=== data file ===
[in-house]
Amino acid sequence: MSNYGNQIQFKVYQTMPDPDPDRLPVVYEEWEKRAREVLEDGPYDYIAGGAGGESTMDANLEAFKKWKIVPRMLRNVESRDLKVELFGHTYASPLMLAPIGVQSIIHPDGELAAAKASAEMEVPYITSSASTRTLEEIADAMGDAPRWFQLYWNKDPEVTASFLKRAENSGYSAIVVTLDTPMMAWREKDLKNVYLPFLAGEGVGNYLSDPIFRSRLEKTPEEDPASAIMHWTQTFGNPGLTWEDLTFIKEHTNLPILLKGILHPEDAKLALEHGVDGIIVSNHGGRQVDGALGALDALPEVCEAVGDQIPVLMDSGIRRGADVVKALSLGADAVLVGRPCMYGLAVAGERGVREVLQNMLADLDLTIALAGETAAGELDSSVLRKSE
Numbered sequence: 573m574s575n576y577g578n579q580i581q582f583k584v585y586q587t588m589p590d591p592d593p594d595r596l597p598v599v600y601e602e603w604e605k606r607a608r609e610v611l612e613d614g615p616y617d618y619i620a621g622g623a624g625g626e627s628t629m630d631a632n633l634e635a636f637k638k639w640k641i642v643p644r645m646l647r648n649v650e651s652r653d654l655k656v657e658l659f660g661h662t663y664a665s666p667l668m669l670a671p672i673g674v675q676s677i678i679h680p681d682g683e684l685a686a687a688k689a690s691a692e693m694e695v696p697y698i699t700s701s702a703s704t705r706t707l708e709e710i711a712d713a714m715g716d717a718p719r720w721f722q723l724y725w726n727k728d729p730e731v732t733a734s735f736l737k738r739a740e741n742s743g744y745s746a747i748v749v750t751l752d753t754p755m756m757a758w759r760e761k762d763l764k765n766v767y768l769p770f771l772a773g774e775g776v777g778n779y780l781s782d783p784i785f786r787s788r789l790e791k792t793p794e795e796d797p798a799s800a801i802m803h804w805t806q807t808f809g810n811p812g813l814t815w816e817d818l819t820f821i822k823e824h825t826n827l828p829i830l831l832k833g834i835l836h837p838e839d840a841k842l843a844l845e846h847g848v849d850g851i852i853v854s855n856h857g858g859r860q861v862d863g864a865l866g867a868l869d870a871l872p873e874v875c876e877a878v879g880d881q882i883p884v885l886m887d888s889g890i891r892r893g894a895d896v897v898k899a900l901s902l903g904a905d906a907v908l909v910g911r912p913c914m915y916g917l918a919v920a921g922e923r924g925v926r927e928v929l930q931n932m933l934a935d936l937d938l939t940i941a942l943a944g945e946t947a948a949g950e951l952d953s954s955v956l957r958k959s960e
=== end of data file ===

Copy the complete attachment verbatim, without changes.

[in-house]
Amino acid sequence: MSNYGNQIQFKVYQTMPDPDPDRLPVVYEEWEKRAREVLEDGPYDYIAGGAGGESTMDANLEAFKKWKIVPRMLRNVESRDLKVELFGHTYASPLMLAPIGVQSIIHPDGELAAAKASAEMEVPYITSSASTRTLEEIADAMGDAPRWFQLYWNKDPEVTASFLKRAENSGYSAIVVTLDTPMMAWREKDLKNVYLPFLAGEGVGNYLSDPIFRSRLEKTPEEDPASAIMHWTQTFGNPGLTWEDLTFIKEHTNLPILLKGILHPEDAKLALEHGVDGIIVSNHGGRQVDGALGALDALPEVCEAVGDQIPVLMDSGIRRGADVVKALSLGADAVLVGRPCMYGLAVAGERGVREVLQNMLADLDLTIALAGETAAGELDSSVLRKSE
Numbered sequence: 573m574s575n576y577g578n579q580i581q582f583k584v585y586q587t588m589p590d591p592d593p594d595r596l597p598v599v600y601e602e603w604e605k606r607a608r609e610v611l612e613d614g615p616y617d618y619i620a621g622g623a624g625g626e627s628t629m630d631a632n633l634e635a636f637k638k639w640k641i642v643p644r645m646l647r648n649v650e651s652r653d654l655k656v657e658l659f660g661h662t663y664a665s666p667l668m669l670a671p672i673g674v675q676s677i678i679h680p681d682g683e684l685a686a687a688k689a690s691a692e693m694e695v696p697y698i699t700s701s702a703s704t705r706t707l708e709e710i711a712d713a714m715g716d717a718p719r720w721f722q723l724y725w726n727k728d729p730e731v732t733a734s735f736l737k738r739a740e741n742s743g744y745s746a747i748v749v750t751l752d753t754p755m756m757a758w759r760e761k762d763l764k765n766v767y768l769p770f771l772a773g774e775g776v777g778n779y780l781s782d783p784i785f786r787s788r789l790e791k792t793p794e795e796d797p798a799s800a801i802m803h804w805t806q807t808f809g810n811p812g813l814t815w816e817d818l819t820f821i822k823e824h825t826n827l828p829i830l831l832k833g834i835l836h837p838e839d840a841k842l843a844l845e846h847g848v849d850g851i852i853v854s855n856h857g858g859r860q861v862d863g864a865l866g867a868l869d870a871l872p873e874v875c876e877a878v879g880d881q882i883p884v885l886m887d888s889g890i891r892r893g894a895d896v897v898k899a900l901s902l903g904a905d906a907v908l909v910g911r912p913c914m915y916g917l918a919v920a921g922e923r924g925v926r927e928v929l930q931n932m933l934a935d936l937d938l939t940i941a942l943a944g945e946t947a948a949g950e951l952d953s954s955v956l957r958k959s960e